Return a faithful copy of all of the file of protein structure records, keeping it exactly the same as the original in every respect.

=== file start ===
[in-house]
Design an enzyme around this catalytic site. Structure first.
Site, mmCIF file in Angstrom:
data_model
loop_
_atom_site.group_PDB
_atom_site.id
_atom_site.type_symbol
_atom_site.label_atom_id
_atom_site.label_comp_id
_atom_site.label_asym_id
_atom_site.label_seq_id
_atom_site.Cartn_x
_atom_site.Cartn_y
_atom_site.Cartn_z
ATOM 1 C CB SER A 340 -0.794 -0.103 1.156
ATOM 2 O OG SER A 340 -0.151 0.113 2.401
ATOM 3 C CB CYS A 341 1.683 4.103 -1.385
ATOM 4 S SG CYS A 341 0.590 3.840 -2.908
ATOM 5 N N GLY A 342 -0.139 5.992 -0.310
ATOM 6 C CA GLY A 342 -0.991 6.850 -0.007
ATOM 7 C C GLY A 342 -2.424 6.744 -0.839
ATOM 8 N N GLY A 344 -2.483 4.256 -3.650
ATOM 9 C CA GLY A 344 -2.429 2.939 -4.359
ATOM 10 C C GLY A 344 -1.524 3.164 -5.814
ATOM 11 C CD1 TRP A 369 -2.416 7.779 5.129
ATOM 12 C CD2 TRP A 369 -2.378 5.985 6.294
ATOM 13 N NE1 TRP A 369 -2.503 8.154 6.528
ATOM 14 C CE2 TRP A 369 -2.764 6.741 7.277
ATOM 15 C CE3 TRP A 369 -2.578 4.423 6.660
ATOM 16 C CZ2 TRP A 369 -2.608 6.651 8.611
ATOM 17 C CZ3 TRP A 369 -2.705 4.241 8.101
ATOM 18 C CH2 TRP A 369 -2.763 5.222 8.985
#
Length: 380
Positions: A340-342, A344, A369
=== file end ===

[in-house]
Design an enzyme around this catalytic site. Structure first.
Site, mmCIF file in Angstrom:
data_model
loop_
_atom_site.group_PDB
_atom_site.id
_atom_site.type_symbol
_atom_site.label_atom_id
_atom_site.label_comp_id
_atom_site.label_asym_id
_atom_site.label_seq_id
_atom_site.Cartn_x
_atom_site.Cartn_y
_atom_site.Cartn_z
ATOM 1 C CB SER A 340 -0.794 -0.103 1.156
ATOM 2 O OG SER A 340 -0.151 0.113 2.401
ATOM 3 C CB CYS A 341 1.683 4.103 -1.385
ATOM 4 S SG CYS A 341 0.590 3.840 -2.908
ATOM 5 N N GLY A 342 -0.139 5.992 -0.310
ATOM 6 C CA GLY A 342 -0.991 6.850 -0.007
ATOM 7 C C GLY A 342 -2.424 6.744 -0.839
ATOM 8 N N GLY A 344 -2.483 4.256 -3.650
ATOM 9 C CA GLY A 344 -2.429 2.939 -4.359
ATOM 10 C C GLY A 344 -1.524 3.164 -5.814
ATOM 11 C CD1 TRP A 369 -2.416 7.779 5.129
ATOM 12 C CD2 TRP A 369 -2.378 5.985 6.294
ATOM 13 N NE1 TRP A 369 -2.503 8.154 6.528
ATOM 14 C CE2 TRP A 369 -2.764 6.741 7.277
ATOM 15 C CE3 TRP A 369 -2.578 4.423 6.660
ATOM 16 C CZ2 TRP A 369 -2.608 6.651 8.611
ATOM 17 C CZ3 TRP A 369 -2.705 4.241 8.101
ATOM 18 C CH2 TRP A 369 -2.763 5.222 8.985
#
Length: 380
Positions: A340-342, A344, A369